3. Building inspectors - can't agree more that it's important to be nice to these guys, they're the ones in charge.


4. kits - yes, have looked at some of the kits available; kind of hard to compare apples to apples since some include less than others but definitely an option.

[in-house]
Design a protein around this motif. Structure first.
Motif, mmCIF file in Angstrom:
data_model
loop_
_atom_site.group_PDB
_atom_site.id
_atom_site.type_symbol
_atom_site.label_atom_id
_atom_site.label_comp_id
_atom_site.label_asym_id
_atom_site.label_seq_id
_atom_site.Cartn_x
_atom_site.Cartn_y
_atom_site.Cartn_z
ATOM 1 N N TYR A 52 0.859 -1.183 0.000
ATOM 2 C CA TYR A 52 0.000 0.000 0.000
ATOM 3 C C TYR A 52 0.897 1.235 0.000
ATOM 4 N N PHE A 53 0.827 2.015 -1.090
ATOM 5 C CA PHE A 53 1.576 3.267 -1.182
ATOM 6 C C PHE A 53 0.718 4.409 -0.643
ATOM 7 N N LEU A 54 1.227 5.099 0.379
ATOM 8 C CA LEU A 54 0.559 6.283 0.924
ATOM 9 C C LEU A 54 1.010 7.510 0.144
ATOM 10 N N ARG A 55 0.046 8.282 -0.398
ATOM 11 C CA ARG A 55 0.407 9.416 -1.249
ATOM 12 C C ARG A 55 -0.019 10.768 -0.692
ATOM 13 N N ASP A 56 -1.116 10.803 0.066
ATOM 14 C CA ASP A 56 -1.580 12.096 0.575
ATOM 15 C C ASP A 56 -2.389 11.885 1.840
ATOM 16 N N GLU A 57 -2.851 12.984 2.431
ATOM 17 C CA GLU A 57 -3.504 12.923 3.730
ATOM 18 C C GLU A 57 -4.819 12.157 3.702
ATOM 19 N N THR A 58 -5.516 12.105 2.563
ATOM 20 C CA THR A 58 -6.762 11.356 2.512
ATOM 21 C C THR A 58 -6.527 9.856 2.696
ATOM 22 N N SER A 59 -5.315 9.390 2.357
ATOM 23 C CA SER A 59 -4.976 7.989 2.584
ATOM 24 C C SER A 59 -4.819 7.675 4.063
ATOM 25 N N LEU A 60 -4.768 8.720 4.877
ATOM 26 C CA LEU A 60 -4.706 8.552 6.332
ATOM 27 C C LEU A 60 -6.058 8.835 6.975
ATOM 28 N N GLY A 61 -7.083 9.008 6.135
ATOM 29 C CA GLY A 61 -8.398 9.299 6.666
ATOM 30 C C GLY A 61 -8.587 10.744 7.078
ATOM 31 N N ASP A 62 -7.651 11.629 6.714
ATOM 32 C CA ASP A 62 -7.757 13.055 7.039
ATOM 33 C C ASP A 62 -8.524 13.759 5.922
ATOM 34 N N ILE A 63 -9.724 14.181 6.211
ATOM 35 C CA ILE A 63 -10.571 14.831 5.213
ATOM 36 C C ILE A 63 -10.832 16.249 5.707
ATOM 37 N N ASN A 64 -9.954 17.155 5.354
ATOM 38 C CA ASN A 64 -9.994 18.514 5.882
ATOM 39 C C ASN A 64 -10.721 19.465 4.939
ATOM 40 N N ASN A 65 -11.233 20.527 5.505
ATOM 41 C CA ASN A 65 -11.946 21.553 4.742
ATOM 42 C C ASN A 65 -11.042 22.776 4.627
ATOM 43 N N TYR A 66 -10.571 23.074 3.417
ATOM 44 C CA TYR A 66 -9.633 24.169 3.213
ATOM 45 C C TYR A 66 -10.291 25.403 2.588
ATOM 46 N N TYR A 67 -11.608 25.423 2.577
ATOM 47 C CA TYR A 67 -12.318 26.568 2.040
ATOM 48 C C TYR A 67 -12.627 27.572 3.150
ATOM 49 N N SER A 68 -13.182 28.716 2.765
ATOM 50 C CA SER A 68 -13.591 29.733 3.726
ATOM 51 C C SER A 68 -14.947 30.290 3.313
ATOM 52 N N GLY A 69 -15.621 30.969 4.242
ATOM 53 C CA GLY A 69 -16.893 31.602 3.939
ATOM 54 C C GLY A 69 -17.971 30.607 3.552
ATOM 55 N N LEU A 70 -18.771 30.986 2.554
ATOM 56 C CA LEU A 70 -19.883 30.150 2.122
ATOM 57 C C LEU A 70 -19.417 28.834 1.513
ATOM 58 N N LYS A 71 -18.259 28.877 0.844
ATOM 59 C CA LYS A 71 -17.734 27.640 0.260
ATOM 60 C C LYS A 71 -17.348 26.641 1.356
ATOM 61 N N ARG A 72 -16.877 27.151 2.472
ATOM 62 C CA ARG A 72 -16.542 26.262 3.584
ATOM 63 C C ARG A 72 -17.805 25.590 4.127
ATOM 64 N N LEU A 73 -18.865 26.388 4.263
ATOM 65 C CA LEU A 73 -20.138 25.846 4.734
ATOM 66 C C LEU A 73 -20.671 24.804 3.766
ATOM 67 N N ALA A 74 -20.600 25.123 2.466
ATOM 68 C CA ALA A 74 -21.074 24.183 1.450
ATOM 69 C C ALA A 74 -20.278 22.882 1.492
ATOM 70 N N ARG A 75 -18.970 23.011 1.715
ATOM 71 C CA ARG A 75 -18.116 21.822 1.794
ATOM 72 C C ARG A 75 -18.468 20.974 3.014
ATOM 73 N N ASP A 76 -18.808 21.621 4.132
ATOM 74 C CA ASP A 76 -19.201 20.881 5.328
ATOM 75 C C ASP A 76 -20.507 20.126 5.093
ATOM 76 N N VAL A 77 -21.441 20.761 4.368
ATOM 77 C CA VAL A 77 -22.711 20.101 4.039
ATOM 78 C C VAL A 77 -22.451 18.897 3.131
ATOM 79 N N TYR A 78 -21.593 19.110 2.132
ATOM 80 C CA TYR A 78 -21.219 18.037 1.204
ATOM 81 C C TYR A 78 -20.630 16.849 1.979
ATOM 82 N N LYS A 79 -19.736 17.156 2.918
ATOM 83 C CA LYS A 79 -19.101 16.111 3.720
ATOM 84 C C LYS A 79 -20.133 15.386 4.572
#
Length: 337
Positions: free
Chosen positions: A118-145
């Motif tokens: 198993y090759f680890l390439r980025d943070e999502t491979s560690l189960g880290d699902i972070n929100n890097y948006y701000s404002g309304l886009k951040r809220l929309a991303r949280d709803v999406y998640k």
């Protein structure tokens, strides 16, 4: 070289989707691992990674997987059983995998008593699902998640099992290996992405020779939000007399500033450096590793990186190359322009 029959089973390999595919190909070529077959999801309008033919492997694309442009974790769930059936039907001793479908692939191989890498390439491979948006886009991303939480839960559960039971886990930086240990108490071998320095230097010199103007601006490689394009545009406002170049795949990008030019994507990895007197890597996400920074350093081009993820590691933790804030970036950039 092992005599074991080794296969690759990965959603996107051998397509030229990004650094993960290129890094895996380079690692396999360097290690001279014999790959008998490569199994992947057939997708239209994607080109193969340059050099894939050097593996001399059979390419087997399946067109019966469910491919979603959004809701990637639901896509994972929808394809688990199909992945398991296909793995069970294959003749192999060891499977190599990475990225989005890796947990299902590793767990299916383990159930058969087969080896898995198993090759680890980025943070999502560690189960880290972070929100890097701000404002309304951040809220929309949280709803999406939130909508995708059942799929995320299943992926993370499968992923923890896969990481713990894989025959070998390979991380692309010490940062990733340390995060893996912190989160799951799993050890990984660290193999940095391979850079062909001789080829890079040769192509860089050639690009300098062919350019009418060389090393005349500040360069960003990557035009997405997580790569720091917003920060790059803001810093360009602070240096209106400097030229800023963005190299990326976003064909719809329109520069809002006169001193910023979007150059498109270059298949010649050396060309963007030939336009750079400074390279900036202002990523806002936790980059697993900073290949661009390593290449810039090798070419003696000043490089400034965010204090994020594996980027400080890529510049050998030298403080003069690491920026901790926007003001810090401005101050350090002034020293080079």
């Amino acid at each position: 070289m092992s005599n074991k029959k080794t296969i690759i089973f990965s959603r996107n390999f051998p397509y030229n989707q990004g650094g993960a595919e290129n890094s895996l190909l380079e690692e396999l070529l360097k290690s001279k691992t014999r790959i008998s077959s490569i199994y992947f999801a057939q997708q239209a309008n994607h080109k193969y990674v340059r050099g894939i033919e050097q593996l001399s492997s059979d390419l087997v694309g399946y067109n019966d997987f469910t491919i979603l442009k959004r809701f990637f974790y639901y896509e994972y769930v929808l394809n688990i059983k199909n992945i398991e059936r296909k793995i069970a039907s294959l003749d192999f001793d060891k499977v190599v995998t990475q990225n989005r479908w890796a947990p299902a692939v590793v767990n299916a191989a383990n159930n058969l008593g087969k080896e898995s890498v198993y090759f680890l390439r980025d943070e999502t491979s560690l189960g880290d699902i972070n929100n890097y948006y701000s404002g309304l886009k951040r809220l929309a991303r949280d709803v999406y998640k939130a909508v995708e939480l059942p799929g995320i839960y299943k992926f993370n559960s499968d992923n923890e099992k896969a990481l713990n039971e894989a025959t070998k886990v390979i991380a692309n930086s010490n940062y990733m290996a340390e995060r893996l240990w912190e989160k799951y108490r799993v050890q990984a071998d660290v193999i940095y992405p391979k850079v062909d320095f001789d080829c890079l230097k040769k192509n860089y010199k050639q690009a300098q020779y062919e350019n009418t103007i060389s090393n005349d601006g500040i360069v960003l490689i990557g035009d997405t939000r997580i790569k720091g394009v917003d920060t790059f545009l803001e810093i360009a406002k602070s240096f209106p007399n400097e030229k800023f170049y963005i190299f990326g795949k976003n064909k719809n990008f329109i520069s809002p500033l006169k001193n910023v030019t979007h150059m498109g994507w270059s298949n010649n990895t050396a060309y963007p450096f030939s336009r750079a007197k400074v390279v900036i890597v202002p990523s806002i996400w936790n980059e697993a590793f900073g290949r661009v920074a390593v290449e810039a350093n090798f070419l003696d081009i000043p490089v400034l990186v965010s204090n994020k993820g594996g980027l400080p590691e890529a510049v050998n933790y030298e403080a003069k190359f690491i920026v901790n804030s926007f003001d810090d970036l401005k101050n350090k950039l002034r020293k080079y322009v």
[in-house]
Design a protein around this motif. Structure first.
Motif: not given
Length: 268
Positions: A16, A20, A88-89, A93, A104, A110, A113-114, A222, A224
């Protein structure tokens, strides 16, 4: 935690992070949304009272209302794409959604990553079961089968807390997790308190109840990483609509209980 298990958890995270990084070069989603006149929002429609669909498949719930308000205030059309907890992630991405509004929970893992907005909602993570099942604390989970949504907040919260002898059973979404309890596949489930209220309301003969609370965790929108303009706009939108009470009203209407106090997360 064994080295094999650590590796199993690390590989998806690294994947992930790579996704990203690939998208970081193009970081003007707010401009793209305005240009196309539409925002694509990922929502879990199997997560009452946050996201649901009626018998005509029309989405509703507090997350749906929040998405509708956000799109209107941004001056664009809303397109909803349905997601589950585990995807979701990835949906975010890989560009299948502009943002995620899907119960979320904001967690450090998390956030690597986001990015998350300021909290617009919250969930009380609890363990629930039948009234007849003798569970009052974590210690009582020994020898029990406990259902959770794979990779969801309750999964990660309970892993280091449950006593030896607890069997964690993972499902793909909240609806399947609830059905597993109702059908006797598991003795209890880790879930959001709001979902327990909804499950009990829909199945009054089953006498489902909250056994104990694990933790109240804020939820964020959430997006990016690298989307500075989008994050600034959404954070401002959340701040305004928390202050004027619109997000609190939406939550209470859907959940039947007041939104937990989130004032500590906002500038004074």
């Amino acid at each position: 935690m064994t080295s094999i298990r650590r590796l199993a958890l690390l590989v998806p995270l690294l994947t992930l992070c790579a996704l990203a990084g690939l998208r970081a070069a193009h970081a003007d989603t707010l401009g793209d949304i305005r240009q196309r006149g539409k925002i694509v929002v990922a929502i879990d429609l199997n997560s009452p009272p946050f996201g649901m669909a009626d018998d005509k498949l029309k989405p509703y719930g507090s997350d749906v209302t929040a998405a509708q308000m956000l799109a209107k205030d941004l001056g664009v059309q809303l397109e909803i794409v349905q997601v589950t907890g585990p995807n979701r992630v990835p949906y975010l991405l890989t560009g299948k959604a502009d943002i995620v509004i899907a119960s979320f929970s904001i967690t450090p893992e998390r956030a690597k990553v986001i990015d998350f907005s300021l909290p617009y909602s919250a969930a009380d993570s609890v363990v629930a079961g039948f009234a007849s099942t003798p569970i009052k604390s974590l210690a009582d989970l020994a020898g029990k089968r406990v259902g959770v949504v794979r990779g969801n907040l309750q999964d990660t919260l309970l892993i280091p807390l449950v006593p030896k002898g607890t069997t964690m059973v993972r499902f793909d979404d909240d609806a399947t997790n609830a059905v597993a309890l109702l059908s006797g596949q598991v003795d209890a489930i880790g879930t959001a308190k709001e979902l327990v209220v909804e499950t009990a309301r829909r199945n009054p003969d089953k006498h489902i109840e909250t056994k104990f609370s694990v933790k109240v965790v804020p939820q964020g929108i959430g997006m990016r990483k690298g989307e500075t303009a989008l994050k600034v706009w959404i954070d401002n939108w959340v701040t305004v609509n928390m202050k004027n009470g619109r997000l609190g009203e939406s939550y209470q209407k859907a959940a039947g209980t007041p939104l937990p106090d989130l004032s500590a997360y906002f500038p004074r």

Nice is good. Understanding exactly what is permissible is key. For example, in some local jurisdictions here in the mid-Atlantic, you can build a limited use recreational cabin permit with far less restriction that a typical dwelling, other areas will not consider a cabin permit. In some areas you are committed to spending $20-50K for onsite well and septic systems before you can get ever hope of getting a certificate of occupancy for any type of dwelling. I have built in many areas where there is a requirement of a minimum of 900 SQ. FT. of habitable space to get a permit for a detached single family dwelling.  When folks here talk about having no issues when staying below 200 sq. ft. it's important to understand that they are speaking of what the code sees as an "accessory building" not the primary building on a lot. In some jurisdictions I worked in I could build a 1000 ft. building with little code interference, as long as it was an "outbuilding, on a lot that had an existing single family home. Trying to build the same 999 sq. ft. building on an empty adjoining empty lot was pretty much never going to happen. These are just a few of the issues you may face, and depending on what area of CO. you are talking about, you may have a very difficult, to impossible task ahead of you. Don't get too excited until you have a clear idea of what is, and isn't, going to be acceptable to the local jurisdiction. For much of the front range, and other highly developed, and pricey areas, I would tend to assume that it's going to be nearly impossible, and end up pleasantly surprised if you find a way to pull it off. Good luck.